The Ford Model T
used a 177-cubic-inch inline 4-cylinder engine
. It was primarily a petrol engine
, but it had multifuel
ability and could also burn kerosene
. It produced for a top speed of . The engine had side valves
and 3 main bearings
and was built in-unit with the Model T's novel transmission
(a planetary design
), sharing the same lubricating oil
. The engine bore was and its stroke was even, for a total displacement
of . Casting all four cylinders in one block
was an uncommon practice when T production started in 1908.
The spark plugs
were powered by a magneto
(as typical of the time), and the ignition system
included a manual advance/retard control. Starting was via a hand crank.
The Model T engine was produced continuously from September 27, 1908 through August 4, 1941, exactly 12,000 days. This makes it one of the longest engines in series production, especially considering that the specifications remained mostly unchanged for this entire duration. Its production run for the U.S. consumer market for passenger cars and pickups was shorter, being the 19 years' production run of the Model T itself for that market (1908 to 1927). But the engine continued to be produced and sold to various consumer, industrial, military, and marine markets throughout the world until 1941.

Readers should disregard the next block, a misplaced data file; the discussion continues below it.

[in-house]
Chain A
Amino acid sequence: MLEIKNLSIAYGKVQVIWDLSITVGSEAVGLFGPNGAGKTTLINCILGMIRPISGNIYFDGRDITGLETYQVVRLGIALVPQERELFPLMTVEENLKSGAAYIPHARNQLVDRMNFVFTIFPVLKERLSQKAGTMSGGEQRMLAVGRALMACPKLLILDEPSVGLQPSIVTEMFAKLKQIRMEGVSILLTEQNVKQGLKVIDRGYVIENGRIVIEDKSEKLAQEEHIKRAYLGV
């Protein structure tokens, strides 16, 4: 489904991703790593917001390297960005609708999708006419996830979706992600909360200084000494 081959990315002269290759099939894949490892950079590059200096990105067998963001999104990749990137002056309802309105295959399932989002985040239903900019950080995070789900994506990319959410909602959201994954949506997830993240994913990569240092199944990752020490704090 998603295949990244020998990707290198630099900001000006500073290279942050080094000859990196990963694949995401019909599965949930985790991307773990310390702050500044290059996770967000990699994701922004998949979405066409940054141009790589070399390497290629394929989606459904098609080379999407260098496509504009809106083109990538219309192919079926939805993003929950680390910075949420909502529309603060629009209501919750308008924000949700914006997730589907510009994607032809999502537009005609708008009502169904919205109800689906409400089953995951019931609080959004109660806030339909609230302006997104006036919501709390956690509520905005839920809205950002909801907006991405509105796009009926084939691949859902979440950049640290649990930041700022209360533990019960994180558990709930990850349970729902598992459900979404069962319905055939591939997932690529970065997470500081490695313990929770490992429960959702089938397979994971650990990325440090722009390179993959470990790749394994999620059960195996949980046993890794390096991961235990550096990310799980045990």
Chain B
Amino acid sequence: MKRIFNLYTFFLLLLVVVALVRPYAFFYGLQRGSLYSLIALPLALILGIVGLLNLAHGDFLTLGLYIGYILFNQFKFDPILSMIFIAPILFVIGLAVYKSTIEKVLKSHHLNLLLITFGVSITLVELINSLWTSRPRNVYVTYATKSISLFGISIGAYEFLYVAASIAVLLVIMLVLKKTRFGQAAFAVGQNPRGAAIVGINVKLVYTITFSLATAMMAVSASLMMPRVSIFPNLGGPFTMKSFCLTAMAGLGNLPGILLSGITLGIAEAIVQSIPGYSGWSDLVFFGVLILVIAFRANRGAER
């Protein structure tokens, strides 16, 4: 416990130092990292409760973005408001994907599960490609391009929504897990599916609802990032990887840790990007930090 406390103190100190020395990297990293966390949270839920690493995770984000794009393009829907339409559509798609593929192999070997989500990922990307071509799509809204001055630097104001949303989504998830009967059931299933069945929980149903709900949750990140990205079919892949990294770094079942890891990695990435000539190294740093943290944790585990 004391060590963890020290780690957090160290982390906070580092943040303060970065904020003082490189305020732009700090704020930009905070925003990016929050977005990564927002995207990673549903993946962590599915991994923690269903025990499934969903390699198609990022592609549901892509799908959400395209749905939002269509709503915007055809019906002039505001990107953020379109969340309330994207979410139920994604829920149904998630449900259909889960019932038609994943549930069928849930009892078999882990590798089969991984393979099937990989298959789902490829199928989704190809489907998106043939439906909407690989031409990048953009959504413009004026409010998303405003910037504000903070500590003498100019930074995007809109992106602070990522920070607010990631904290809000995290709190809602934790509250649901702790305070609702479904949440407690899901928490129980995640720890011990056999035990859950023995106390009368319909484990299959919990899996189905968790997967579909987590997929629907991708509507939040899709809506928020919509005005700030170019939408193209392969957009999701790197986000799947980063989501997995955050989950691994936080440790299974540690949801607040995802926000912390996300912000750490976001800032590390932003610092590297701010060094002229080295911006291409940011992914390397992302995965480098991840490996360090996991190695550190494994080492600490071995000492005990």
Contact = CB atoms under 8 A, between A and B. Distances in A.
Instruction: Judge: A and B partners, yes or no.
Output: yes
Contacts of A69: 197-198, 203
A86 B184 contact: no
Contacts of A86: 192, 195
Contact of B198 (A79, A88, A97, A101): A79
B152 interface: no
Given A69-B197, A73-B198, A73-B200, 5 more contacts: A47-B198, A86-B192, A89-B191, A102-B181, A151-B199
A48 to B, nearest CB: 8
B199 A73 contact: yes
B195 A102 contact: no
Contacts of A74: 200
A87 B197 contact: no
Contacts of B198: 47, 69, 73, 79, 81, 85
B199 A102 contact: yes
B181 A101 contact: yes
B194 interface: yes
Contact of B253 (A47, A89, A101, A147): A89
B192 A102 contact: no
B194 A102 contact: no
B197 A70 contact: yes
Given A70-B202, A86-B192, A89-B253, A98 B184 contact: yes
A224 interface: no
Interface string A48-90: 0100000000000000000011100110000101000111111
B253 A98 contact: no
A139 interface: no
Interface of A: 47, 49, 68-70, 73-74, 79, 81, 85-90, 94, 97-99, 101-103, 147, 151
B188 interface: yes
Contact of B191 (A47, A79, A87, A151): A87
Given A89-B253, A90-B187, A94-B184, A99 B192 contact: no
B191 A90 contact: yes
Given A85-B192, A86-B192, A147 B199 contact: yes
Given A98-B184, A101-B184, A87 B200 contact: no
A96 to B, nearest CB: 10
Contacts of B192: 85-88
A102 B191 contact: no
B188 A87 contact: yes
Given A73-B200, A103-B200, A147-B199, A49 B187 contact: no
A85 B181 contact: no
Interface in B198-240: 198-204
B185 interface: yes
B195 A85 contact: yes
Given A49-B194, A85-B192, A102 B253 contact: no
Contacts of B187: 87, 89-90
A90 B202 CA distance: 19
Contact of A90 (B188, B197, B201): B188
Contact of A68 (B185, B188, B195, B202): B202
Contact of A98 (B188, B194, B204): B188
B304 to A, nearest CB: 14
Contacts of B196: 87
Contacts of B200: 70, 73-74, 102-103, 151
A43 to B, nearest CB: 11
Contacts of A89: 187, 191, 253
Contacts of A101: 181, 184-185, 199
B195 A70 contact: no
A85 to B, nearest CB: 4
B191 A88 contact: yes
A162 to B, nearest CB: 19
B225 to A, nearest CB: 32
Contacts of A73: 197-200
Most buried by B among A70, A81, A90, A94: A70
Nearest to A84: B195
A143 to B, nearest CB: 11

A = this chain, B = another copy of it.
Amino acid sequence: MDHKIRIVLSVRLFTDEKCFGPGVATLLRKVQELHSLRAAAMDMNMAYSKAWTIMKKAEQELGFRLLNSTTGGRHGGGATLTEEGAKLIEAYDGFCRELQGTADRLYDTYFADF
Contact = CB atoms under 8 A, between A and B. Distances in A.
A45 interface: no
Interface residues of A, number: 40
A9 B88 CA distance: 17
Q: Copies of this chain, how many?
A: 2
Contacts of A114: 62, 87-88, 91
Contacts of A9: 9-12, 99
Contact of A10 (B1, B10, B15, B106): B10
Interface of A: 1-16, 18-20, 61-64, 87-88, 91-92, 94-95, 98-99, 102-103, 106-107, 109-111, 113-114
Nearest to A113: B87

The following major changes were made (listed by year):
- 1909 — Water pump was discontinued; subsequent Model T engines used thermosyphoning to circulate the coolant.